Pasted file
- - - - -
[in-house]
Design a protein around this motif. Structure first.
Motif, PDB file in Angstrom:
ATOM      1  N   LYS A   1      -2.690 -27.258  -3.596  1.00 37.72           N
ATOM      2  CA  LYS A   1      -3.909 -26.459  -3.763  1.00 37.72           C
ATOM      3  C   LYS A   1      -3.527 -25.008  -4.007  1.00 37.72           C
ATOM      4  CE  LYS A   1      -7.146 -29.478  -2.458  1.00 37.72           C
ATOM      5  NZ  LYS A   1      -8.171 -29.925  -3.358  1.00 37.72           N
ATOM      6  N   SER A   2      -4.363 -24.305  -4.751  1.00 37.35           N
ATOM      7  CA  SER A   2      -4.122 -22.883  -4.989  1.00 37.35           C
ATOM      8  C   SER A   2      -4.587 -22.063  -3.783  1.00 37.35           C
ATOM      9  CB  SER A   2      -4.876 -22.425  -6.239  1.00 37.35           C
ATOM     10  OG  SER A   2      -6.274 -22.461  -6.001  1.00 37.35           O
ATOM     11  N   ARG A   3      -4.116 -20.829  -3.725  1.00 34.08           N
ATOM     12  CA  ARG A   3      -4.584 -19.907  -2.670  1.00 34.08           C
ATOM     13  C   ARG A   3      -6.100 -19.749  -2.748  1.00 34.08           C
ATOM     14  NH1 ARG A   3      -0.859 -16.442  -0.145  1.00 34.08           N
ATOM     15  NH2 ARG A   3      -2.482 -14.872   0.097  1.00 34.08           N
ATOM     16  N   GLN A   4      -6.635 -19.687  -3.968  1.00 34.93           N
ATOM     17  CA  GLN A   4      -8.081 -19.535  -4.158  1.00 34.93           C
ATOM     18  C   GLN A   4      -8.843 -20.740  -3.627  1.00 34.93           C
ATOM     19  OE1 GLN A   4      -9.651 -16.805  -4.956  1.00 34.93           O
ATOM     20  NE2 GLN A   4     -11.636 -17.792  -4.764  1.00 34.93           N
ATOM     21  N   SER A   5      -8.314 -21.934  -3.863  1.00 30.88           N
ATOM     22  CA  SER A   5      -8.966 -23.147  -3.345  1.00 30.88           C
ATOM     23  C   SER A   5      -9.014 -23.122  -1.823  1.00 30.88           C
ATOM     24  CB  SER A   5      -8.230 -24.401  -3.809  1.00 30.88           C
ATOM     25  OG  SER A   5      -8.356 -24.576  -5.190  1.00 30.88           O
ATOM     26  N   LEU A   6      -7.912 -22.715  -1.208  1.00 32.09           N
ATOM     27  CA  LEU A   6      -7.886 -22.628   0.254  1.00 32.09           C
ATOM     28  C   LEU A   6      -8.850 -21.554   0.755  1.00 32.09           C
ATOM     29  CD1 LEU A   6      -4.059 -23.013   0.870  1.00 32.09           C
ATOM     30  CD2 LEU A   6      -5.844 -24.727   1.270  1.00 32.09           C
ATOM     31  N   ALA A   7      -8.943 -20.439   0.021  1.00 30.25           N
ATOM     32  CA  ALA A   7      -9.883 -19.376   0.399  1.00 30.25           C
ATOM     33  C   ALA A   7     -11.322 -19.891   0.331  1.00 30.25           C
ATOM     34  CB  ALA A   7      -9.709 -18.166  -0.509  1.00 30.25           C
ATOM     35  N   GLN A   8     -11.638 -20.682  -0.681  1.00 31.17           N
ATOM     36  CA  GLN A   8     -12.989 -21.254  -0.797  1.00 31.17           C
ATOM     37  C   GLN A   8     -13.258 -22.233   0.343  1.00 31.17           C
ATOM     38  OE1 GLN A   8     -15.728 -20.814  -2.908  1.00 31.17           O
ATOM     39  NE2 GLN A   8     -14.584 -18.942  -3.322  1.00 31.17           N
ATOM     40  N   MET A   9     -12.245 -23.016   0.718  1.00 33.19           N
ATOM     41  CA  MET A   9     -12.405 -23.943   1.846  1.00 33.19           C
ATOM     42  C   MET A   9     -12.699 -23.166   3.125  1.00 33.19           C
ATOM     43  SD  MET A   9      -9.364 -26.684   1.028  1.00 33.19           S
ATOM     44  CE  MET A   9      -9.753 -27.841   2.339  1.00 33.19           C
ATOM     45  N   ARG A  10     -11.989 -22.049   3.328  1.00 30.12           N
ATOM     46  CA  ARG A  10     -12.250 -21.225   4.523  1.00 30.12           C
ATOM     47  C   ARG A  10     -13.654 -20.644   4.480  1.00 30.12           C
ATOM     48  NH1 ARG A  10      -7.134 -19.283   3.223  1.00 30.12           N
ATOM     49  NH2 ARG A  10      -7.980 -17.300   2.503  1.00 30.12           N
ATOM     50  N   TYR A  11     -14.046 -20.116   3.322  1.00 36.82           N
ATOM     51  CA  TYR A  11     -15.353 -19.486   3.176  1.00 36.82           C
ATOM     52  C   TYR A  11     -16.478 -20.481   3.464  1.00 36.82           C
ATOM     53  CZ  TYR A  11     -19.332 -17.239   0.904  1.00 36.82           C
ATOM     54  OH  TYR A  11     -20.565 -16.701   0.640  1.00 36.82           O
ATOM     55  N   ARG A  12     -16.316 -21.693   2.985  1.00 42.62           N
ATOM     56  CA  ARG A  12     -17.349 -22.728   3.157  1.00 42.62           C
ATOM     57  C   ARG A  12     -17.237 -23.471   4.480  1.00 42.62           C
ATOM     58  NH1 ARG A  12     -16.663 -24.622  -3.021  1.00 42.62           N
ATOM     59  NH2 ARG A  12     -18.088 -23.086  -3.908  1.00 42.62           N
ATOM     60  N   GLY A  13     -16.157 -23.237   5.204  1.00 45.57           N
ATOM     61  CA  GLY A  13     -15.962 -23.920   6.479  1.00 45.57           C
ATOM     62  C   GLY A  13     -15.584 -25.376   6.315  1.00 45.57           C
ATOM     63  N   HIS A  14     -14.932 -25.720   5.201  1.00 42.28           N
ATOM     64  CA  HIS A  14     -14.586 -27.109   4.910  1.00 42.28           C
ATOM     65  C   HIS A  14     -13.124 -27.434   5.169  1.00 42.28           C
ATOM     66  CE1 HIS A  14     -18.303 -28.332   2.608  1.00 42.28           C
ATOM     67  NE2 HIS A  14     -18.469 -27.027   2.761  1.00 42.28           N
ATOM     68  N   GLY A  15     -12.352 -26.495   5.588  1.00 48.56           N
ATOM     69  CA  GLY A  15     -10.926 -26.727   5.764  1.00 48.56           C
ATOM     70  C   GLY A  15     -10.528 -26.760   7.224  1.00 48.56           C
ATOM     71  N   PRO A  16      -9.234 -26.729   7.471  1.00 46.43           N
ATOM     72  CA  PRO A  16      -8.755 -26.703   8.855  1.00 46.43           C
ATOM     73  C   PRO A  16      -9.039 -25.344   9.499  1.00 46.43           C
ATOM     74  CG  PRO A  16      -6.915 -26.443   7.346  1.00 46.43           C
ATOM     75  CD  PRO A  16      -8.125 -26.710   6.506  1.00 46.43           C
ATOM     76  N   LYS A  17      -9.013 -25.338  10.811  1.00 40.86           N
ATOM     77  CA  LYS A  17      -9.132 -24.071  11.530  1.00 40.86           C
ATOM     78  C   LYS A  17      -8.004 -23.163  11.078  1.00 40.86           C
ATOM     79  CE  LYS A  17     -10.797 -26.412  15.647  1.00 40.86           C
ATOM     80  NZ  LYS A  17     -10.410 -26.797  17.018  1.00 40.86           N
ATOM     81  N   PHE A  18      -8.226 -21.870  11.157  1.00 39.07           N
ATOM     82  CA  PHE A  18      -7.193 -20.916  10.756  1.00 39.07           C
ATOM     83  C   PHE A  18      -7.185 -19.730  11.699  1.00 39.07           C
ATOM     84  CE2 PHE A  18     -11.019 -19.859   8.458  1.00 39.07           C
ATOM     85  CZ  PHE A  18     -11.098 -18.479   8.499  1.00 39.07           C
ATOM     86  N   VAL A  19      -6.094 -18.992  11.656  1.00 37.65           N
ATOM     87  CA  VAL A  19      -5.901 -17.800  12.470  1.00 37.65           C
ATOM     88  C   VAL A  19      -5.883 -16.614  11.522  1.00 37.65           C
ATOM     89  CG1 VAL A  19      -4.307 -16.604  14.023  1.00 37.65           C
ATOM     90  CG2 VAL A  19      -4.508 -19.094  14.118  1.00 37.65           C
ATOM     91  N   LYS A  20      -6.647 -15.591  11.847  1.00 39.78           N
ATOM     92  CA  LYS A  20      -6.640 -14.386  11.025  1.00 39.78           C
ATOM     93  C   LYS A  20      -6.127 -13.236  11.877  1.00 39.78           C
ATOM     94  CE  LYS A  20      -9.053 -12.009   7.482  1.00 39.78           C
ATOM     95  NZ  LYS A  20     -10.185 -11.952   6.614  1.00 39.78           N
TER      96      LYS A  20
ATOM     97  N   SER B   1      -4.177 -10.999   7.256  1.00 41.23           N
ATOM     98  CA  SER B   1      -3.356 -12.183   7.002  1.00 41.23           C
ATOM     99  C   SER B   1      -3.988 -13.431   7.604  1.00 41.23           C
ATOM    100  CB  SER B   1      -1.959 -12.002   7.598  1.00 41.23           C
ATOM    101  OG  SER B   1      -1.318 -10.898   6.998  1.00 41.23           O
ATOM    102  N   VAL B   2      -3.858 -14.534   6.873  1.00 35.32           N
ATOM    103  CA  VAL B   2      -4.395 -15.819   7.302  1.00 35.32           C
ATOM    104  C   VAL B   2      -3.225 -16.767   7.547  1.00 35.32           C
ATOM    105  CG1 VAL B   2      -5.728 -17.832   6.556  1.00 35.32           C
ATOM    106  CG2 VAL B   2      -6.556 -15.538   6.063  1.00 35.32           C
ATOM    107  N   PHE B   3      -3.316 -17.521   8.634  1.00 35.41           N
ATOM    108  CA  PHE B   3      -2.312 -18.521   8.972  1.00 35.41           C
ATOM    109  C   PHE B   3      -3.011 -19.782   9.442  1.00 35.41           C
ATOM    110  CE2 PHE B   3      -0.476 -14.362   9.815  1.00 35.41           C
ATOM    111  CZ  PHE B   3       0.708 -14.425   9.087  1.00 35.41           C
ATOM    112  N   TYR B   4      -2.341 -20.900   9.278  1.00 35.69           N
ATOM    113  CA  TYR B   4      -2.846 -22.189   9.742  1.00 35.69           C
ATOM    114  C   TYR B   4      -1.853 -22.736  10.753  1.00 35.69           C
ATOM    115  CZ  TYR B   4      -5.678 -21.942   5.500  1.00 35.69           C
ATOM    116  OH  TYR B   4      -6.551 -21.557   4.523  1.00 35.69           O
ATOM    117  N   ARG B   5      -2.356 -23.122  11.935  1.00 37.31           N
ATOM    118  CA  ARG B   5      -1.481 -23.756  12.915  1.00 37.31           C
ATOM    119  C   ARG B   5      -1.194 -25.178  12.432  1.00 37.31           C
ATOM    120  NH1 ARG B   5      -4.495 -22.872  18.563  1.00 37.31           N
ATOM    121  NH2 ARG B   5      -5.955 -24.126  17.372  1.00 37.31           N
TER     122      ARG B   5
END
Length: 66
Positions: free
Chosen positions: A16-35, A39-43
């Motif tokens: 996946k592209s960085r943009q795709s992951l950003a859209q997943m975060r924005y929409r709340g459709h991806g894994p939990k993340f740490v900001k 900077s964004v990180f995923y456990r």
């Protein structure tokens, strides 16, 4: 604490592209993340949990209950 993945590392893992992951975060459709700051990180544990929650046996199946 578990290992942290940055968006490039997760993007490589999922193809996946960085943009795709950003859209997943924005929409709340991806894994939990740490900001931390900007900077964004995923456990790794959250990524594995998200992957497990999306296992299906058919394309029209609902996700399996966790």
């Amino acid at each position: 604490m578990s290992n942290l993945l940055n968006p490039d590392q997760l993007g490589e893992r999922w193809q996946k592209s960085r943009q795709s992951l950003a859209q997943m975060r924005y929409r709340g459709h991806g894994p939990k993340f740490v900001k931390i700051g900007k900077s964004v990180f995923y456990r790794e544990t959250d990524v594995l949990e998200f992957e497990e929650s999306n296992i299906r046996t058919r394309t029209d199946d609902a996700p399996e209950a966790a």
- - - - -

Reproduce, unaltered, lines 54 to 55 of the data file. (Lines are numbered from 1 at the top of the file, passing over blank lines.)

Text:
ATOM     51  CA  TYR A  11     -15.353 -19.486   3.176  1.00 36.82           C
ATOM     52  C   TYR A  11     -16.478 -20.481   3.464  1.00 36.82           C